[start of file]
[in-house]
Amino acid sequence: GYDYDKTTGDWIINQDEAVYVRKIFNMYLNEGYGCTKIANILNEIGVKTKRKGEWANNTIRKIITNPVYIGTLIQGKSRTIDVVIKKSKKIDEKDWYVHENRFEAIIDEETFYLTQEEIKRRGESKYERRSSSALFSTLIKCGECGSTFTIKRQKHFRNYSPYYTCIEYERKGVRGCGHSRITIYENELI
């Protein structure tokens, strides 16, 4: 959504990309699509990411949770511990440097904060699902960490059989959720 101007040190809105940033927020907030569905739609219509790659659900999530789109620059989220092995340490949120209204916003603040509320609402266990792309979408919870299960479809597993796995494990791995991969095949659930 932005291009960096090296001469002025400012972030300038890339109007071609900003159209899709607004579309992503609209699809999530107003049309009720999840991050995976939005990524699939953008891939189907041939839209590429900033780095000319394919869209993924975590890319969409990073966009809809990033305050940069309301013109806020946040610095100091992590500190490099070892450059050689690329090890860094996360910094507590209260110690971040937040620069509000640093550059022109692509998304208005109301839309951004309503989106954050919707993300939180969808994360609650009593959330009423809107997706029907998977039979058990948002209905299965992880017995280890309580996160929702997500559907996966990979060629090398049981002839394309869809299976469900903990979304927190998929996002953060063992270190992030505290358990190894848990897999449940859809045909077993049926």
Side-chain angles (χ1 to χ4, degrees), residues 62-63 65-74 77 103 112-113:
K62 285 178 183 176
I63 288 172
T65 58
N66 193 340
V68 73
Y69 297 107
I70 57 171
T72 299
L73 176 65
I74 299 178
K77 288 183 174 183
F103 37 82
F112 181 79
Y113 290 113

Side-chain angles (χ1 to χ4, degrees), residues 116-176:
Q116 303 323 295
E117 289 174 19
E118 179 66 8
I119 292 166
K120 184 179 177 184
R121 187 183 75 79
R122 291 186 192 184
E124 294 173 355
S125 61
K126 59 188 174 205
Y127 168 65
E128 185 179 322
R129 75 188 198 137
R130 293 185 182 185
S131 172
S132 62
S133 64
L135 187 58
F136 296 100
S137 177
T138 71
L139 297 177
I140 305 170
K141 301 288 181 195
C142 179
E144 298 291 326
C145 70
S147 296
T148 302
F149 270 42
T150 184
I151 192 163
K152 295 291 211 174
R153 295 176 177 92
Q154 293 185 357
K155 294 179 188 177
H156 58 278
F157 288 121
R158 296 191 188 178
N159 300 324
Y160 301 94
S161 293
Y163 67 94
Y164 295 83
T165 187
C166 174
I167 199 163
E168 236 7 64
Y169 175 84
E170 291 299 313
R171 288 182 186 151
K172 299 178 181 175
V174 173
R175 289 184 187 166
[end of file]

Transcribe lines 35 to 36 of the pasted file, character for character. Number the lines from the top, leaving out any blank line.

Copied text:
S132 62
S133 64